IMagineIT - Phase 4 Problemitizing My ImaginIT Project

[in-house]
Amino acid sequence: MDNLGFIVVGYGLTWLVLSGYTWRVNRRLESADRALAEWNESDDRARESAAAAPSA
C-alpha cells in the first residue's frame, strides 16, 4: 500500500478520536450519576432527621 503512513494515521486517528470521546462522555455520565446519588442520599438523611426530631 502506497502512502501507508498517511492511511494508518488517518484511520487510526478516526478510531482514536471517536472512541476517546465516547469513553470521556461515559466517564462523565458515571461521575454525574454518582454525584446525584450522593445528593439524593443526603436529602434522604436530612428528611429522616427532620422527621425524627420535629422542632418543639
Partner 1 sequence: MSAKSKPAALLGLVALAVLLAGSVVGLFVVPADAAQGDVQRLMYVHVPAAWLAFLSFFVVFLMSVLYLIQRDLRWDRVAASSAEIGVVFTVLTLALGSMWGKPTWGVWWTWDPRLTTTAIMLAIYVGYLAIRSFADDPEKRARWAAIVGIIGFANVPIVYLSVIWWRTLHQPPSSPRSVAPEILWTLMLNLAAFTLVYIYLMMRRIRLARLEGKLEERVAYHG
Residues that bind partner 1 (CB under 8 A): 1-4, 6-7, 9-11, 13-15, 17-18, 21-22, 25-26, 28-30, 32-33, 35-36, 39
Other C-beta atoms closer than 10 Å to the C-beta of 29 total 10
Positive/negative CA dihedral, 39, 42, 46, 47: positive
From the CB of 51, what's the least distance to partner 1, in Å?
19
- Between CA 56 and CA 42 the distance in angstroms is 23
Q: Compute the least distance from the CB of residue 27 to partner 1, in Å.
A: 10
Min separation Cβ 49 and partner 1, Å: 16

The DreamKeepers – pg. 36 “The usual antidote for this persistent view of African American children is for the viewer to pretend that he or she does not see the color that once forced their ancestors into slavery. Thus the teacher claims to be color-blind. However, such claims cannot be valid. Given the significance of race and color in American society, it is impossible to believe that a classroom teacher does not notice the race and ethnicity of the children she is teaching. Further, by claiming not to notice, the teacher is saying that she is dismissing one of the most salient features of the child’s identity and that she does not account for it in her curricular planning and instruction. Saying we are aware of students’ race and ethnic background is not the same as saying we treat students inequitably. The passion for equality in the American ethos has many teachers (and other) equating equality with sameness. “ “The notion of equity as sameness only makes sense when all students are exactly the same. But even within the nuclear family children born from the same parents are not exactly the same. Different children have different needs and addressing those different needs is the best way to deal with them equitably. The same is true in the classroom. If teachers pretend not to see students’ racial and ethnic differences, they really do not see the students at all and are limited in their ability to meet their educational needs.” This quote from the book, The Dreamkeepers explains the unfortunate assumptions that many teachers carry into the classroom – that all students are the same and that there are no color or ethnic differences. To me, this view of students is one that is a genuine expression of people who think being “fair” means treating everyone the same. Yes, fairness is expected with certain situations, such as following rules, behavior expectations, consequences, etc. However, when it comes to instruction, in my view, treating everyone the same is not fairness, but the exact opposite. As teachers, we must make modifications and accommodations for our students because of their different knowledge levels and variability of skills, background and cultural experiences. For my ImagineIT project – “STEMulating Dance”, I must keep this concept in mind as I choose my STEM/Dance lessons – music, choreography, math/science concepts, engineering challenges, and collaborative learning strategies. Meeting the needs of my different students is an important factor in my planning and instruction. Since most of my students are black students, I plan to utilize my pre-assessment tool to help me identify my students’ individual needs and skills. This information will help me to deliver instruction and assess students equitably throughout the project.
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